Carlos Reyes, 40, a Salvadoran immigrant who lives in Central...

Carlos Reyes, 40, a Salvadoran immigrant who lives in Central Islip, attended a rally last month in Washington in support of TPS and legislation allowing "Dreamers." Credit: Newsday / David Olson

When it comes to vetting potential immigrants, observing how they act for a decade or more seems to be a very fine method. So it’s frustrating, and not in the nation’s best interest, that hundreds of thousands of immigrants granted Temporary Protected Status a decade or more ago, who’ve been model residents, will be sent home.

But endlessly extending that temporary status, meant to be granted to citizens of nations undergoing natural disasters, armed conflict, epidemics or other extraordinary and temporary conditions, is not the answer either. Doing so threatens to undermine support for and make a mockery of a kind and crucial program.

The TPS program began under President George H.W. Bush in 1990. It has since allowed residents of about 20 countries to come to the United States when conditions at home became catastrophic. But the status is frequently extended far beyond recent emergencies, because the nations whose citizens receive the status are often terrified even after immediate disasters pass.

President Donald Trump has announced TPS for 59,000 Haitians, granted after a 2010 earthquake, and 2,500 Nicaraguans allowed to come after Hurricane Mitch in 1998, will end next year. TPS status for about 260,000 Salvadorans, granted after a 2001 earthquake, will also likely end.

This matters very much on Long Island, where significant communities of Haitians and Salvadorans have, thanks to TPS, worked hard, paid taxes and built a life. But advocates who demand the TPS status be extended endlessly have the wrong answer. And demanding that “temporary” status not be allowed to last forever does not necessarily make those who argue for this policy xenophobic, or even anti-immigrant.

It’s wonderfully generous that the United States welcomes victims of catastrophes and those fleeing violence and disease. Ideally, we’d offer sanctuary to even more such people. Certainly there is no shortage of people who need that help, and no shortage of Americans willing and able to provide it. But the surest way to undermine political support for such a program is to make a mockery of the “temporary” label. That puts real ammunition in the hands of a loud few who’d rather we not extend our hand to anyone at all.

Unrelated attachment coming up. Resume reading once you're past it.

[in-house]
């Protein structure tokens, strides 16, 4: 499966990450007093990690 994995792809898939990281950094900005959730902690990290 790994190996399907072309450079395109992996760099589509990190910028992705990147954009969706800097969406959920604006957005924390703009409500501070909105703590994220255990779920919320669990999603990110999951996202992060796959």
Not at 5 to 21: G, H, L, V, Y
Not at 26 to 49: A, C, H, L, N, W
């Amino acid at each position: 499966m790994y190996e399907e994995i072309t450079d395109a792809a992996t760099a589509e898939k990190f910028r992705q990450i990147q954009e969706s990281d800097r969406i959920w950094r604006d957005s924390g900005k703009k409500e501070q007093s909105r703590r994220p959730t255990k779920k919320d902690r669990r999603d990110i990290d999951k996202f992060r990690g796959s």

This country should always be in the market for great people. Americans overwhelmingly say they support legal immigration, when a process is followed and the newcomers are properly vetted. And there is no better check on a person’s background than clear evidence of how they behave while they actually live here.

The answer is to make TPS properly temporary, but to also create a bridge from TPS to permanent residency for those who qualify. That would mean absolutely no criminal record, a good work history, a reasonable fee and an interview process.

That way, TPS recipients who have become integral and valuable parts of our communities would have a way to stay and keep enriching our nation when that status has ended. And those who failed to endure the vetting process, or get through it, would return home due to their own actions.

Ideally, such a process would be created while the TPS recipients about to be sent home could benefit. If they leave, families are going to be torn apart, children born here will be living without parents, homes will be empty, jobs undone.

There is always room for good people here. Immigrants built this nation, and created more jobs than they took in the process. TPS status ought to be truly temporary. But for the best people who come to the United States through TPS, their stay here ought to be permanent.

Lane Filler is a member of Newsday’s editorial board.

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